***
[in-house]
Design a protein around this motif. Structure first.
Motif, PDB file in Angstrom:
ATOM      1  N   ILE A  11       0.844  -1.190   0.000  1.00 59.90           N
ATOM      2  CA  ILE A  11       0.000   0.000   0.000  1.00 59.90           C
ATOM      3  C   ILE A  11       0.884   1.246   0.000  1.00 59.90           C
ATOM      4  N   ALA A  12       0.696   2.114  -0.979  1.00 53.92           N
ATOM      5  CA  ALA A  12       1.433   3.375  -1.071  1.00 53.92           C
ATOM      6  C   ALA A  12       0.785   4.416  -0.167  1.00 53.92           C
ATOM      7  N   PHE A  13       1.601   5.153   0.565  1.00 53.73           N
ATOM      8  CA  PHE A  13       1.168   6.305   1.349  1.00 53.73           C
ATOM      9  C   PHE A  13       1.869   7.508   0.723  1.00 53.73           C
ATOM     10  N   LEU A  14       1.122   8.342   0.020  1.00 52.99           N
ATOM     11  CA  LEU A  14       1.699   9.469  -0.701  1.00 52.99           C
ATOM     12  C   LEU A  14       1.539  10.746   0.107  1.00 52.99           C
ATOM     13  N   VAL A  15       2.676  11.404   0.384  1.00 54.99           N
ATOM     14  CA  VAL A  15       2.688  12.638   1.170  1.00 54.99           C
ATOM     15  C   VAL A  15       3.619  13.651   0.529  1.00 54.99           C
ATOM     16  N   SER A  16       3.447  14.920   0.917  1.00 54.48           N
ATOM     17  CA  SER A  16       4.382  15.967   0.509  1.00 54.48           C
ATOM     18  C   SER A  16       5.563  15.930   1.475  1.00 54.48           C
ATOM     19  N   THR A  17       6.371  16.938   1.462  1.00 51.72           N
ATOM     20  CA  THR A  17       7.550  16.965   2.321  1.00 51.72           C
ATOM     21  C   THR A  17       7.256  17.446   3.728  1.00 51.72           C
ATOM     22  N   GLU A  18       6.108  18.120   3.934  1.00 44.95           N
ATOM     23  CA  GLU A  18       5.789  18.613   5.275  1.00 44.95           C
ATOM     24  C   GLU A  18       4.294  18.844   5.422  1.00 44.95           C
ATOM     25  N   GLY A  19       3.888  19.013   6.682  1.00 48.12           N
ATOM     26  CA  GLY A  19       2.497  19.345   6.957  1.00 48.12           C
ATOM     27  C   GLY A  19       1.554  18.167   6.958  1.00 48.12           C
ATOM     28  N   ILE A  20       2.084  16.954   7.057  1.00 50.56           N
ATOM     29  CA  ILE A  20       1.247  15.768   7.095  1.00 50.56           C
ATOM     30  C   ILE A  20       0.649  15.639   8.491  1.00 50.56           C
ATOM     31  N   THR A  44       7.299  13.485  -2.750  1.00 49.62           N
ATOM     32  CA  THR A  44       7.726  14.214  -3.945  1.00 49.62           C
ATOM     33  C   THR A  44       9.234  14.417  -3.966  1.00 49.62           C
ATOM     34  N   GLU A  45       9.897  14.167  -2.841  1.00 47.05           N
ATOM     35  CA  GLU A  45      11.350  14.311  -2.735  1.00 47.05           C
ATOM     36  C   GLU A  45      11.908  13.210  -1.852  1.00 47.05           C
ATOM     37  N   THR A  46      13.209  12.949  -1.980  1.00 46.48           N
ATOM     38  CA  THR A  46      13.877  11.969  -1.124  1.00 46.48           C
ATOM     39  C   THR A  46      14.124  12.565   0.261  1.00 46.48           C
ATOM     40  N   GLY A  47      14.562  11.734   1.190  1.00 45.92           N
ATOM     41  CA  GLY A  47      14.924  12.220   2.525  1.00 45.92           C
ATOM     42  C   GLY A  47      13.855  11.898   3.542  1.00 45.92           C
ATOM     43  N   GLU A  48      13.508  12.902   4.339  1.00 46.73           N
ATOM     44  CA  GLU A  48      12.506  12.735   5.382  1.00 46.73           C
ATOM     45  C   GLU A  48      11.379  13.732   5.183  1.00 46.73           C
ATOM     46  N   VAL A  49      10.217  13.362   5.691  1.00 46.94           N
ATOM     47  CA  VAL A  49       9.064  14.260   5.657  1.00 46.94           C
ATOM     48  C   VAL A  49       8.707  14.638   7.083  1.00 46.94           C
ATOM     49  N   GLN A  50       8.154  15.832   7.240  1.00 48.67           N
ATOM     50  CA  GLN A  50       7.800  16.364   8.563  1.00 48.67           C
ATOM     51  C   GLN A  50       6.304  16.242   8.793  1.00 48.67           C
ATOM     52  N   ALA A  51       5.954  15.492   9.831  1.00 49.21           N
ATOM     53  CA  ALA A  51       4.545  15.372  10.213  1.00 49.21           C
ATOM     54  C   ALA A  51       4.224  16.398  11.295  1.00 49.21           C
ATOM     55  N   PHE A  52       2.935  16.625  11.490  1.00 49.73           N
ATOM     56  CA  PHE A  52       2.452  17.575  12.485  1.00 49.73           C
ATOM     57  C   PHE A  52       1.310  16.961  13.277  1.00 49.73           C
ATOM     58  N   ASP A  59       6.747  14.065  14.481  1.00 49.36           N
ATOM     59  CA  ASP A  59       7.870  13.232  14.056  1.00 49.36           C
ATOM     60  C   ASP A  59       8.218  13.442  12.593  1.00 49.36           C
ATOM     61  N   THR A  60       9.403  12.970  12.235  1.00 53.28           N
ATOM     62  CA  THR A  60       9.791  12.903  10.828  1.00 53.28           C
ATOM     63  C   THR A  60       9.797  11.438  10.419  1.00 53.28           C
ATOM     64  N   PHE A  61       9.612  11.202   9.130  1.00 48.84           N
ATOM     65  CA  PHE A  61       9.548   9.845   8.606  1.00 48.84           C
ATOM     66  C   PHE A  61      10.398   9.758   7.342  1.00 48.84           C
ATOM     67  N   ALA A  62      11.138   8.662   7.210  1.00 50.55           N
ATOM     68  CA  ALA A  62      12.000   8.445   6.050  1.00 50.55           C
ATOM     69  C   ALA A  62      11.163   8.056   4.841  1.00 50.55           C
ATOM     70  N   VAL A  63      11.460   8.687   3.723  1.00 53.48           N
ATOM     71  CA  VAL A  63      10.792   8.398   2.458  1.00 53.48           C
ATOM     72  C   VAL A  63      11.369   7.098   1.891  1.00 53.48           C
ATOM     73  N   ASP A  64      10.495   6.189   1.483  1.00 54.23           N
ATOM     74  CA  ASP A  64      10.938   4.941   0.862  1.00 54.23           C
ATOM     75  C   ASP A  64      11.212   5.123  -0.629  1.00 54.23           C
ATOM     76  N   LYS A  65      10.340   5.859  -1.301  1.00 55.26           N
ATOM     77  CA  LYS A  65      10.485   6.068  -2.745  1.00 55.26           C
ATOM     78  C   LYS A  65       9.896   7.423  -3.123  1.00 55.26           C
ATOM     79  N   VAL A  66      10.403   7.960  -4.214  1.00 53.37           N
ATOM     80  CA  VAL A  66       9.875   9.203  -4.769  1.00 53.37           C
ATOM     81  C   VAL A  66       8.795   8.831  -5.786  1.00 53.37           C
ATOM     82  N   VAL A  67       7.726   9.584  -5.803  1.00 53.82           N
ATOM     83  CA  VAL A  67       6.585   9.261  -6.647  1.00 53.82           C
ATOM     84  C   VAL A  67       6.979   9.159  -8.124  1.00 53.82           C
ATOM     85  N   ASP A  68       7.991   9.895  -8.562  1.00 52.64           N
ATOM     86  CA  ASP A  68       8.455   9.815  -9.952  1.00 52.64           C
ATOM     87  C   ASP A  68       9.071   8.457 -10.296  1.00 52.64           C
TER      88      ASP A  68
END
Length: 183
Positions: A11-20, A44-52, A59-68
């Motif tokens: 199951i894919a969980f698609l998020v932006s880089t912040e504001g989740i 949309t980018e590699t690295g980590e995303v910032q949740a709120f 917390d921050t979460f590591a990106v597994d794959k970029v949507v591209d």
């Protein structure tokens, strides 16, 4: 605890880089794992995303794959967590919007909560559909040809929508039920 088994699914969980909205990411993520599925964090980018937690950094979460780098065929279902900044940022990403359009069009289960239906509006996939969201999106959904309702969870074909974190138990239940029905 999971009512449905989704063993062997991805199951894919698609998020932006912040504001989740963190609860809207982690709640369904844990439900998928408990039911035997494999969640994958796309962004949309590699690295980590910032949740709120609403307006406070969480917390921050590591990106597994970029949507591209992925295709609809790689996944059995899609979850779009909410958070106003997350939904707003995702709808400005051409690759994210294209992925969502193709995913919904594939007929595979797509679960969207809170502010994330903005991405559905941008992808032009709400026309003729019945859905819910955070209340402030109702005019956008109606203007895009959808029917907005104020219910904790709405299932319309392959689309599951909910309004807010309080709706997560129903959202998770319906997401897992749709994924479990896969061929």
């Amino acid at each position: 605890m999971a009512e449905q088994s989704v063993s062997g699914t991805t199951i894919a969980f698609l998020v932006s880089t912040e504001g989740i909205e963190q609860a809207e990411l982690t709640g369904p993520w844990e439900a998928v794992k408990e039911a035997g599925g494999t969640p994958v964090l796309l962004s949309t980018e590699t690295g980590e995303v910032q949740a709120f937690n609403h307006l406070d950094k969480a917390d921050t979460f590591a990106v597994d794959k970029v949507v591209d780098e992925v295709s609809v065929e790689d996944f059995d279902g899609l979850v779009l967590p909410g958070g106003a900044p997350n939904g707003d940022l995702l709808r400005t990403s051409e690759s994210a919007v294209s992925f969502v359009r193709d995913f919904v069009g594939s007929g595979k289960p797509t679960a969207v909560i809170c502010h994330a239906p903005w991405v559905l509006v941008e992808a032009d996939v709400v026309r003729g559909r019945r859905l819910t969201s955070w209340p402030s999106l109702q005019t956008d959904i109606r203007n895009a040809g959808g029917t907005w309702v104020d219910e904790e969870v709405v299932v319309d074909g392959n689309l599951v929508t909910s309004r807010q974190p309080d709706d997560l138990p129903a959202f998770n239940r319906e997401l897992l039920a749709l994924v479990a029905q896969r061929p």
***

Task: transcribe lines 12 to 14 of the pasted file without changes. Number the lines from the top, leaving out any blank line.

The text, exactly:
ATOM      9  C   PHE A  13       1.869   7.508   0.723  1.00 53.73           C
ATOM     10  N   LEU A  14       1.122   8.342   0.020  1.00 52.99           N
ATOM     11  CA  LEU A  14       1.699   9.469  -0.701  1.00 52.99           C